Headline Nov 15, 2014/



COUNTRIES that don't innovate  -quickly fall by the wayside in the global success stakes................ 

It feels more like rock concert than a press conference as the casually dressed chief executive takes to a darkened stage to unveil:

His firm's sleek new  smartphone  to an adoring crowd, yet this was not the launch of the  new  iPhone  by Apple on September 10th, 2013,  but-

Of the Mi-3 handset by Xiaomi, a Chinese firm, in Beijing, on September 5th.

With its emphasis on snazzy design, glitzy launches and the  cult-like  fervour it inspires in its users,-

No wonder Xiaomi is often compared to its giant American rival, both by admirers and by critics who call it a   ''copycat''.

Xiaomi's boss,  Lei Jun,  even wears jeans and a black shirt,  Steve Jobs-style.

Is Xiaomi really China's answer to Apple?

The same year in question, 2013,  Apple's launch of the iPhone 5C. a colorful, slightly cheaper version of the  iPhone aimed at consumers in China and other developing countries:

Marks a shift in its strategy as if faces competition from Xiaomi and many, many other Chinese firms.

Apple's handsets have sold well in developed countries, but those markets are maturing. 

Global sales of smartphones are growing by 50% a year, notes Canalys, but by 108% a year in China,  which now accounts for over one-third of the global sales.

For the first time,  Apple held an official launch event in Beijing that same year and week, indicating its growing interest in this market.

Yet there was a widespread surprise at the high price of the 5C, which was to cost $733 in China, limiting its appeal amongst less wealthy buyers.

A rumoured deal with  China Mobile  to distribute the  iPhone 5C and subsidise its cost has so far failed to materialise.  At the time, Apple also unveiled the iPhone 5S, its new high-end smartphone, which featured : 

A fingerprint reader for improved security 

As Apple looks to tap the rapid growth of the Chinese market, Xiaomi is heading the other way.

It recently hired  Hugo Baara a Google executive responsible for product development for  Android,  to develop new products for the international markets.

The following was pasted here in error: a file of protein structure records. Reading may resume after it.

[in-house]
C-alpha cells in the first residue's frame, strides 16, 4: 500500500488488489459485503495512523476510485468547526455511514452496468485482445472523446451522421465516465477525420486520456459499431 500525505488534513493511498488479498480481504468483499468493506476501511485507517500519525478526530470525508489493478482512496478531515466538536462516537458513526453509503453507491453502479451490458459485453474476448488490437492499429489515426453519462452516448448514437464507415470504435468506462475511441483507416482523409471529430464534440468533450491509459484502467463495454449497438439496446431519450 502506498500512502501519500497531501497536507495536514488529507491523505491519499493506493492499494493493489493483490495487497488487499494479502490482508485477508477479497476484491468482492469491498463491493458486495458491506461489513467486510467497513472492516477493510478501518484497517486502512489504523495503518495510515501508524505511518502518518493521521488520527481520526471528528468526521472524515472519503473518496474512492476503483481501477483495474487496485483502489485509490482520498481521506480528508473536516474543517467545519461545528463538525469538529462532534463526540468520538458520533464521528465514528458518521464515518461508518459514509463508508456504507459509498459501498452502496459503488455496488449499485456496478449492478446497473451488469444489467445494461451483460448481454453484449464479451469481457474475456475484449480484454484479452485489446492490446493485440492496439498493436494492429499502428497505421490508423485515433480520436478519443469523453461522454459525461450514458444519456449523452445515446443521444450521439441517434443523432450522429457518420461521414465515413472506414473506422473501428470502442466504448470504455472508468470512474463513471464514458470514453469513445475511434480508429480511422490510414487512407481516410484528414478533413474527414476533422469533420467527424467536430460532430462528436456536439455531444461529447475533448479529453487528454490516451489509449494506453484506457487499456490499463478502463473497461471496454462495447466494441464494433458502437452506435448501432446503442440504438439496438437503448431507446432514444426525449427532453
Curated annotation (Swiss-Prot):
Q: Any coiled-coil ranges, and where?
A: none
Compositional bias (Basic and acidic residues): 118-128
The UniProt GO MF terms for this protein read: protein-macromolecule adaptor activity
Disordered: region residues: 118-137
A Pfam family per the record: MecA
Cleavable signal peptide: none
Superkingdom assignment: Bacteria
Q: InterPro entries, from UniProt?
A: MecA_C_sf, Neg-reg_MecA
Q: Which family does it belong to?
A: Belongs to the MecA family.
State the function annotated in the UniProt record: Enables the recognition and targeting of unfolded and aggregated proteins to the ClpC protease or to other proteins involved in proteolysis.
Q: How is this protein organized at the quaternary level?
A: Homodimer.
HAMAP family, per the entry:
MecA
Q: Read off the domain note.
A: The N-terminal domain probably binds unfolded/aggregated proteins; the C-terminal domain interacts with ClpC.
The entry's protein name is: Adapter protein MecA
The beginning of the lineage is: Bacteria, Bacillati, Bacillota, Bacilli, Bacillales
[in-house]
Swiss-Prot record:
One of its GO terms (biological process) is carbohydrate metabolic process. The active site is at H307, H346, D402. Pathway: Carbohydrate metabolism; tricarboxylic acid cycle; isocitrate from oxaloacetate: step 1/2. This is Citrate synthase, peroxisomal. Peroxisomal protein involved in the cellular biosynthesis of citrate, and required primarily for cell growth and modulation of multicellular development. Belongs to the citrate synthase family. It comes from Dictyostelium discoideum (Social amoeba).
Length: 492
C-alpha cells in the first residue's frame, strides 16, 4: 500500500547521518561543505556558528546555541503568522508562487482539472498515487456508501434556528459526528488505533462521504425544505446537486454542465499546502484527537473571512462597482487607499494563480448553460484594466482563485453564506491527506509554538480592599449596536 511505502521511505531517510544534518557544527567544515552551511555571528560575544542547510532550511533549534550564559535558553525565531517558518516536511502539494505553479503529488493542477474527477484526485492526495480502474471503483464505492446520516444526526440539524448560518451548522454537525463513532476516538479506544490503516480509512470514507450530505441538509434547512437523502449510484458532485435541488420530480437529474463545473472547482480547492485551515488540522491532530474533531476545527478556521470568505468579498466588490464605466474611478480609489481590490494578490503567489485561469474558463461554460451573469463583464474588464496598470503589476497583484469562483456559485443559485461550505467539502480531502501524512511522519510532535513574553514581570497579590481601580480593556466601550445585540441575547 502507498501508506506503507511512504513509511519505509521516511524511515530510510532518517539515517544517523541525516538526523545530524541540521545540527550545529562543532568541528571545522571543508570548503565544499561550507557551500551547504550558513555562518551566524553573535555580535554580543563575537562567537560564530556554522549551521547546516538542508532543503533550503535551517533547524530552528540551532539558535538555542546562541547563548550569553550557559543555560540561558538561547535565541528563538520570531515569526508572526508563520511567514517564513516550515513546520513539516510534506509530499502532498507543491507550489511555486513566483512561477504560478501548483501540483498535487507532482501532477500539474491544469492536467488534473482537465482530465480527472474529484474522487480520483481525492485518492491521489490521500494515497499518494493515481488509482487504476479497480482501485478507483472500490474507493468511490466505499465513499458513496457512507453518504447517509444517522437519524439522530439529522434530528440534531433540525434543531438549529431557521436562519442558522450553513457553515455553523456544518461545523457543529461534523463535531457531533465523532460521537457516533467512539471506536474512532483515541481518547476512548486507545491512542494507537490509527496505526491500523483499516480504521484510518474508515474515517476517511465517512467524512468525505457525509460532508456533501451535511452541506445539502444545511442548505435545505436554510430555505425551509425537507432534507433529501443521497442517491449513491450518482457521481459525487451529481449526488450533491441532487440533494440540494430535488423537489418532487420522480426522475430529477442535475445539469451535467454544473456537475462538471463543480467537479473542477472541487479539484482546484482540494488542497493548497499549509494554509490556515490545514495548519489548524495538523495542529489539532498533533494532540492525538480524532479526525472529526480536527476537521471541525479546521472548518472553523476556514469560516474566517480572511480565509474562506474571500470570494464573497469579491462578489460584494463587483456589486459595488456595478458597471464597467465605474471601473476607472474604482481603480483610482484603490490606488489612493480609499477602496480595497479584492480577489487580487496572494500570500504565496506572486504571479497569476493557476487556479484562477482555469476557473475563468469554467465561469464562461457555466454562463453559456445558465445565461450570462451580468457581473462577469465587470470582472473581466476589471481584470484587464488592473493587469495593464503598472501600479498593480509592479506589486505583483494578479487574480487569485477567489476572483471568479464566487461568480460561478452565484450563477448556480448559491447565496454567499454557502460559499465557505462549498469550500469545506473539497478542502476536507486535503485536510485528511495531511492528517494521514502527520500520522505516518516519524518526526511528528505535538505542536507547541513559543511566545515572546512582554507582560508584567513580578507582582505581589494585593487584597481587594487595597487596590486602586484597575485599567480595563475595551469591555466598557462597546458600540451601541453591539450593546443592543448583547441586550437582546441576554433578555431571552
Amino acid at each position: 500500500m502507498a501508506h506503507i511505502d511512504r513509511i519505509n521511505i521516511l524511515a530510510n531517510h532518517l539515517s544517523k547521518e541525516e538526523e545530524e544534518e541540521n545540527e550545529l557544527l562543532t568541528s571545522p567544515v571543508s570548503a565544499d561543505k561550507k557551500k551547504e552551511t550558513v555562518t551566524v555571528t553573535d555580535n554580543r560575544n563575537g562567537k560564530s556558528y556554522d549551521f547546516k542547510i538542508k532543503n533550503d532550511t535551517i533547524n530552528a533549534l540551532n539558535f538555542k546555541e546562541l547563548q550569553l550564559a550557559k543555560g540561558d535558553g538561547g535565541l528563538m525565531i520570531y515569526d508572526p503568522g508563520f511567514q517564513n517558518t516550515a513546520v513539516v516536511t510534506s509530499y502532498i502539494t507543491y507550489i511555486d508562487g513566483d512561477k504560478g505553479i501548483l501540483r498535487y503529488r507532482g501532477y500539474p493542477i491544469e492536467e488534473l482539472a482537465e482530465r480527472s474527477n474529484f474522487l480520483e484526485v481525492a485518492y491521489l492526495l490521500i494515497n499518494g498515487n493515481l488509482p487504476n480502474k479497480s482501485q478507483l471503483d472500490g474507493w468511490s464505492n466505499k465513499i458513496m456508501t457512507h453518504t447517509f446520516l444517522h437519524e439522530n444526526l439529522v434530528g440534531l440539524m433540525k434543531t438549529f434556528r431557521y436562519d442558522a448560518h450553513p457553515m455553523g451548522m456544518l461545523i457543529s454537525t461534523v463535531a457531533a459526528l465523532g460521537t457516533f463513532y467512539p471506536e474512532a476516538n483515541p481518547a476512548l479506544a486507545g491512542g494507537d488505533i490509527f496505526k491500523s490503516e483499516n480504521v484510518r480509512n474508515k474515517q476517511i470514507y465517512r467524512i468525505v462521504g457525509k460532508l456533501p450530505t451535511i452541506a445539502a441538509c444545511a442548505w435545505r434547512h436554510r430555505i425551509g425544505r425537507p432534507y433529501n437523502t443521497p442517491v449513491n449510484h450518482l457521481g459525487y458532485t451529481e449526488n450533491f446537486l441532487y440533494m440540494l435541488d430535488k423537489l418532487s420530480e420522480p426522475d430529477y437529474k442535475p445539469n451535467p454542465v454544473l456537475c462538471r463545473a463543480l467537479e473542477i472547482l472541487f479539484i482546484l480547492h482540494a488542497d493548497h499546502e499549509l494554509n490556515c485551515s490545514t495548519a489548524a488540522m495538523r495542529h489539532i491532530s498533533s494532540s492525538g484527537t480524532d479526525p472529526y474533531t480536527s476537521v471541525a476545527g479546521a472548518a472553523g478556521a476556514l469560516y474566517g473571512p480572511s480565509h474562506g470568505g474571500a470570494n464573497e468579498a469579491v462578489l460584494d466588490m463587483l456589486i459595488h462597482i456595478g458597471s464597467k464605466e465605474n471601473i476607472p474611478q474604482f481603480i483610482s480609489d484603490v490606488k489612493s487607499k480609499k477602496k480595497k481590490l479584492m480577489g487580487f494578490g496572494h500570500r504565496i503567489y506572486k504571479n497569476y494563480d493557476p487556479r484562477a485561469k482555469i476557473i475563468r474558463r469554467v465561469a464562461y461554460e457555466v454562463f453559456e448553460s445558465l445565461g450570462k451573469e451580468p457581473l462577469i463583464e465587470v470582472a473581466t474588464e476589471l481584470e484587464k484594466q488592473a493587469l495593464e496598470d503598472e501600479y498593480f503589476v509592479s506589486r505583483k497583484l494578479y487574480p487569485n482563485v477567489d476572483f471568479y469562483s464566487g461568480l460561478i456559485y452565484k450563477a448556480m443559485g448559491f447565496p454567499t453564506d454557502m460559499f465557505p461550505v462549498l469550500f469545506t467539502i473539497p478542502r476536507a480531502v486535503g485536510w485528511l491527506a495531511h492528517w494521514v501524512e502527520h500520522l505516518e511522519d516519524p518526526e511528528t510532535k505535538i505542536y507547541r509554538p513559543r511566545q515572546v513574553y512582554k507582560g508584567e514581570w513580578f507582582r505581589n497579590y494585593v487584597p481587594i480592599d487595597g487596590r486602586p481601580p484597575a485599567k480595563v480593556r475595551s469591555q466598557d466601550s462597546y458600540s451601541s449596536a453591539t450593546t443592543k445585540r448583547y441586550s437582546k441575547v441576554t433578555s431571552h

Yet Xiaomi and other Chinese firms sell so many games,  apps and adds-ons in large part because the Chinese government requires handsets to run a neutered version of the Android operating system:

Without Google's app store,  mail service,  maps and other features.

That helps Xiaomi sell its own replacement services, an advantage it will lose once it steps outside China.

How scared should  Apple  be really,  of a rival that has yet to prove that its business model  will work at home,  let alone abroad?

But to all this great work of thinking and innovation, let me just add the state of affairs at my end:

One of the metrics that global innovation surveys use to measure innovation and creativity is the number of uploads on  YouTube per capita.

But the Pakistan Telecommunication Authority and the Information Technology Ministry are unable to answer this simple question:

Why must me continue to block YouTube?

The issue of Internet censorship is a tricky and complex one, but an effective government and an empowered regulator should have anticipated it in a less heavy manner.

Effective regulation can ensure that markets generate the right mix of competition, profitability and innovation.

Poor regulations means that many, many  industries in Pakistan and the developing world have it wrong.

Innovative countries don't necessarily need national innovation policies, although these can can be a good signals of intent. What they do need are:

Sensible forward looking and light touch policies in a host of economic and social areas.  

It is time that the Pakistani government and the other governments in the developing world recognize this

With respectful dedication to the Students, Professors and  Teachers  -learning and teaching Technology,  Marketing and Strategy. See Ya all on !WOW!  -the World Students Society Computers-Internet-Wireless:

''' !WOW!'s A Fan '''

'''Good Night and God Bless

SAM Daily Times - the Voice of the Voiceless


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